• Thank you for adding your wealth of knowledge and background to Vicki’s thinkings. That is one of the many beauties of this blog. It fosters such wonderful responses. I like Dayna, was one of those lucky LA teachers and share her desire to read more of your thoughts.
      Julieanne

      • Thank you Julianne and Dayna. I am lucky to have met and learned from Vicki at a number of national conferences. I urge you to try to get to those ie NCTE and IRA or the state versions. There are many. Join the NerDy Bookclub (blog) if you are not already getting those posts! They are on a variety of topics related to books and learning. I, sadly, do not have my own blog. I am more of a commenter and sharer at this point. On FB I am Janet Clare. Please feel free to send a friend request. My particular interest currently is using poetry in elementary school for literacy. I call it Poetry on Parade because (believe it or not) kids love to memorize poetry done with no pressure or test. I am planning a blog and a book, but I have not gotten to it yet. While I am retired in my 4th year I remain active by subbing, tutoring, speaking and writing. I have lots to say and am thrilled that there are so many incredible resources for teachers these days. I am praying that as we learn to live in the new CCSS world, we are going to be able to teach to the best of our abilities using excellent practices as our guide. In a way there is perfect opportunities for PD online through communication on blogs. As opposed to imposed “programs” and here in NY state, modules. I have very serious concerns about the testing climate and the APPR/VAM model of evaluation. I am more for teacher or grassroots creativity and passion. It is what helped me survive/thrive as a teacher for 39 years. If you would like some other ideas I have many, please ask. I am working hard to get Vicki and Dorothy to this region somehow. I tried last year and could not get it done, but maybe soon. I imagine Vicki mentioned Peter Johnston’s work in Opening Minds and Choice Words, both important to read and learn from. My other huge hero is Brian Cambourne from Australia and his Conditions for Learning as a guiding set of principles. (I was thrilled, but not surprised at all that Vicki and Dorothy mentioned them in the introduction/acknowledgement of What Readers Really Do.) Have a wonderful week.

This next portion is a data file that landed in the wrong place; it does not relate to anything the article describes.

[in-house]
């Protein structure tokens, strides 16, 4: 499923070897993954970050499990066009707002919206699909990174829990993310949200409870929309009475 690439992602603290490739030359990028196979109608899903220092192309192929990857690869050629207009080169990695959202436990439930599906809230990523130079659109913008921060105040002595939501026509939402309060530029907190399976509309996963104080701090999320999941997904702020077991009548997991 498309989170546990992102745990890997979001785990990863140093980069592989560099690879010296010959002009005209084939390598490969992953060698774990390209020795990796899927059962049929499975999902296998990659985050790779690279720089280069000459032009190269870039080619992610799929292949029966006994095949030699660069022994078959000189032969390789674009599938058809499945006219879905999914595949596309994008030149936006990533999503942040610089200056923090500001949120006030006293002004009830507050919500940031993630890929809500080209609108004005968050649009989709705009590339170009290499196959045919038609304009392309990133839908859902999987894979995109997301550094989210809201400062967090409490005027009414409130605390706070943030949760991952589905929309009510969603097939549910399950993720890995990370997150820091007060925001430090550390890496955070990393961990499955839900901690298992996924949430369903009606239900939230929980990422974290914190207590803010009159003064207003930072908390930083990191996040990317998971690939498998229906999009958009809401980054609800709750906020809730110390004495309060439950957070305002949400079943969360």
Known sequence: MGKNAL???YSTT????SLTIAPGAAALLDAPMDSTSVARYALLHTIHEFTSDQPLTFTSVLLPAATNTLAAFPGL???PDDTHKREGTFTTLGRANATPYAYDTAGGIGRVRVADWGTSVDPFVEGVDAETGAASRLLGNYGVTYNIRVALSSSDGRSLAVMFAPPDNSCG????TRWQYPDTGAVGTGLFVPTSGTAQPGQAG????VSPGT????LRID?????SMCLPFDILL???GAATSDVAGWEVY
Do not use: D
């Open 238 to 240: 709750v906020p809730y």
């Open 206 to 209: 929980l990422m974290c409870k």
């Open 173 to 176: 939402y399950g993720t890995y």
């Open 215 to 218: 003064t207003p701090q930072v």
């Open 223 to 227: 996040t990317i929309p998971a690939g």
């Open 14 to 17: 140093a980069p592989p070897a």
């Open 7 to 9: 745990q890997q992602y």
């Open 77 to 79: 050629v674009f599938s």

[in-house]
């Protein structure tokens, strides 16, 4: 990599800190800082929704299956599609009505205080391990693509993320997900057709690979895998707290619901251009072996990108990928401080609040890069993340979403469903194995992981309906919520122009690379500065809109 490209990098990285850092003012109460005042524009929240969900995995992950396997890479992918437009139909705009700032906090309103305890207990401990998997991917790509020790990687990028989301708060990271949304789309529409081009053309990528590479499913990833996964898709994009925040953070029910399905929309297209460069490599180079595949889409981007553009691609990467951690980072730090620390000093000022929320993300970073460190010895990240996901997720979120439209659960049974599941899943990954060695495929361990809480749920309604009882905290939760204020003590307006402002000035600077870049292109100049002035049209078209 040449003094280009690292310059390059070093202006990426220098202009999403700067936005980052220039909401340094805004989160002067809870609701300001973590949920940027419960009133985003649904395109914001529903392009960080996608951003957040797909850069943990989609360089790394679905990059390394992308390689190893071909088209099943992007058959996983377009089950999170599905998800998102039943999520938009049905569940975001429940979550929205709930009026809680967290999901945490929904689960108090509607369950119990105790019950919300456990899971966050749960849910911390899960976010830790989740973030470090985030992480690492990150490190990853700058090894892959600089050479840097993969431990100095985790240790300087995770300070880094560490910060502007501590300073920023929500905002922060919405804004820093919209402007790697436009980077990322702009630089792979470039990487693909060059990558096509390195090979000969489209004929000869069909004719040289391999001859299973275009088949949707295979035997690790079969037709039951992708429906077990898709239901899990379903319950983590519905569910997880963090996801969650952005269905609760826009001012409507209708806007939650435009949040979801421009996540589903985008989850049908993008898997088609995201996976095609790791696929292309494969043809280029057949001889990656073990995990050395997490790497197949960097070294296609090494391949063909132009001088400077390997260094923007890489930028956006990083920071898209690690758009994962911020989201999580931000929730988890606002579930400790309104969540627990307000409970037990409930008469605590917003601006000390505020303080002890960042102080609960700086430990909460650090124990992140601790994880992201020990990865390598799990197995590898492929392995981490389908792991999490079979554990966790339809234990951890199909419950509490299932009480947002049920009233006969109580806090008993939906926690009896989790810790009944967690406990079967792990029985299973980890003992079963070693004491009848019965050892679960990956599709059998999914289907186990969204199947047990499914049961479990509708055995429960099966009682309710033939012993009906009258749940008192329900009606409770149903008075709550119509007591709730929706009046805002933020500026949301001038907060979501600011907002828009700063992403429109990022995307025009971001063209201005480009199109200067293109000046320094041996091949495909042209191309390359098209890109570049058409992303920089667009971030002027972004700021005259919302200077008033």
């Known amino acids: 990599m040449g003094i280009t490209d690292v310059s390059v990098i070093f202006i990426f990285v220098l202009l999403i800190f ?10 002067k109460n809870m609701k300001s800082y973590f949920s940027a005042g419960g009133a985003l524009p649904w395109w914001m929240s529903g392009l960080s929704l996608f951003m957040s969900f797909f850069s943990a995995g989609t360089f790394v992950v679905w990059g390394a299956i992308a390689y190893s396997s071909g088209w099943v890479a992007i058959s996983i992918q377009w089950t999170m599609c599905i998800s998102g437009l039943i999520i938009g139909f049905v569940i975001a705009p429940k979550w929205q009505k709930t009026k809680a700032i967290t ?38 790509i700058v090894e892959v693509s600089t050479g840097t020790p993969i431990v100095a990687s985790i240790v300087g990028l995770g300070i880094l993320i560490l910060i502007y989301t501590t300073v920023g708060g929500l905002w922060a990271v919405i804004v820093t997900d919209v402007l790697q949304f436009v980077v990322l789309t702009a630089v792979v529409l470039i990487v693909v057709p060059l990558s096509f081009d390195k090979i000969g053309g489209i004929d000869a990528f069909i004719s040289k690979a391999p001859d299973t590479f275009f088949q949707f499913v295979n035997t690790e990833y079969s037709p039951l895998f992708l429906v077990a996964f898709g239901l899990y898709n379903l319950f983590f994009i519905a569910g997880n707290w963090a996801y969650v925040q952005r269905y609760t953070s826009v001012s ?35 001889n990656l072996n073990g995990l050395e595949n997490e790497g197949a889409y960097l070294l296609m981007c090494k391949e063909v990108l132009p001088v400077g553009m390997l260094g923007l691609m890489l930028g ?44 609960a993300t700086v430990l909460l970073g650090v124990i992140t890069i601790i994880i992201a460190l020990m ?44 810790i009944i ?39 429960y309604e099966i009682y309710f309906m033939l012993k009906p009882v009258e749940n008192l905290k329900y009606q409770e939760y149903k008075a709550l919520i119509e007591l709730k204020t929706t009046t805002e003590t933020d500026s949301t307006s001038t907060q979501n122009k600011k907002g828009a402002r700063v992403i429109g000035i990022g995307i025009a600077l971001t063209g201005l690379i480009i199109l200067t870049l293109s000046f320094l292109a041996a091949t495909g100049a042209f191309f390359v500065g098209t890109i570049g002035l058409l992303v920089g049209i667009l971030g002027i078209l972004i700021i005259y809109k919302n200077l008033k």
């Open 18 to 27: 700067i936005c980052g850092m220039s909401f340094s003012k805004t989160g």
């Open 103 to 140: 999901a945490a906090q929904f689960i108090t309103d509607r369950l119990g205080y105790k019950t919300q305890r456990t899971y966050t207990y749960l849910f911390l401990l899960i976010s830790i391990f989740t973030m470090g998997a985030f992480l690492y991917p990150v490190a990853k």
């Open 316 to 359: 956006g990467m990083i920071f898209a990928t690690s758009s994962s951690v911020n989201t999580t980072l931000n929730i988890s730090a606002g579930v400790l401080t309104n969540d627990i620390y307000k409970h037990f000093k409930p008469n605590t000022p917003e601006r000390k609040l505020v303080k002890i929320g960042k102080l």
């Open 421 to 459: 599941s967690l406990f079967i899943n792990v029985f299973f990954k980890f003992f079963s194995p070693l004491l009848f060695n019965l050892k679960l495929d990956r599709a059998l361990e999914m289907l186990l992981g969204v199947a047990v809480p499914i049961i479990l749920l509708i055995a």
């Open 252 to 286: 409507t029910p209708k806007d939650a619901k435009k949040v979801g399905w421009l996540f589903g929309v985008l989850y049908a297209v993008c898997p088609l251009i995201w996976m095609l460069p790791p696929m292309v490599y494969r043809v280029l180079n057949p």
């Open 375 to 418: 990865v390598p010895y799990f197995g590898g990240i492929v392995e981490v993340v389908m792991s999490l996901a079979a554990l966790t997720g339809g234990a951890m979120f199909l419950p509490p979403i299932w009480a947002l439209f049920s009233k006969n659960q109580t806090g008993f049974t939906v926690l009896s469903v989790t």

• As always, Janet, I so love your passion! I’m reminded here of a session I heard Tom Newkirk & Penny Kittle do at IRA a few years ago. Tom talked about research that showed that the more sense of family history someone had, the more resilient and hopeful they were—and how sad it was in the literacy world that there were too many new teachers out there who were simply unaware of the family history, which is so rich and meaningful. Thanks for the reminder & for keeping the flame alive!

  2. Bravo, Vicki! Once again, you have articulated my thinking more clearly than I ever could. Yes to “building our own capacity as readers.” Yes to teaching kids to think deeply so they “can actually determine the themes of [a] text through its specific details.” Yes to stopping these false dichotomies that prevent everyone from moving forward, especially the kids!

    • Thanks, Catherine! And yes to all the teachers out that who’re aware that we need to focus on kids not this program versus that one and who are committed to learning themselves!

  3. Oh, darn it, Vicki! If only I had known you were in L.A.! You could have stopped in AZ for a visit- we’re right next door! 🙂
    Loved this post, as usual. Your thinking seems spot-on, and I so admire your ability to articulate it.

    • I know I’ll be back at some point, Allison, and maybe we can figure something out. But for this time I added a weekend side trip to see an old friend in Sonoma, which was heavenly!

      • Oh yes, a weekend in Sonoma sounds a lot better than the hot, brown, dusty desert! Hope you had a great time!
        Do let me know if you’re ever out this way again!

  4. Indeed! Bravo! This is exactly what I was thinking…it feels a lot like being in the middle of a maelstrom here in Florida. My district is just catching on to “close reading” and our “new” Florida standards (which are basically common core). There’s a push constantly for DQ3 and DQ4 from our students (Marzano) without laying the foundation. I’m always saying (on the third year of teaching the required basal)…what if my students and I think that the story carries a different theme. There has to be more room for the transactional relationship between reader and text and writer without just giving lip-service. I find myself giving a lot of lip-service to my higher ups and sitting back and enjoying the discussions that arise from my students deep in thought and reading and shaping their worlds.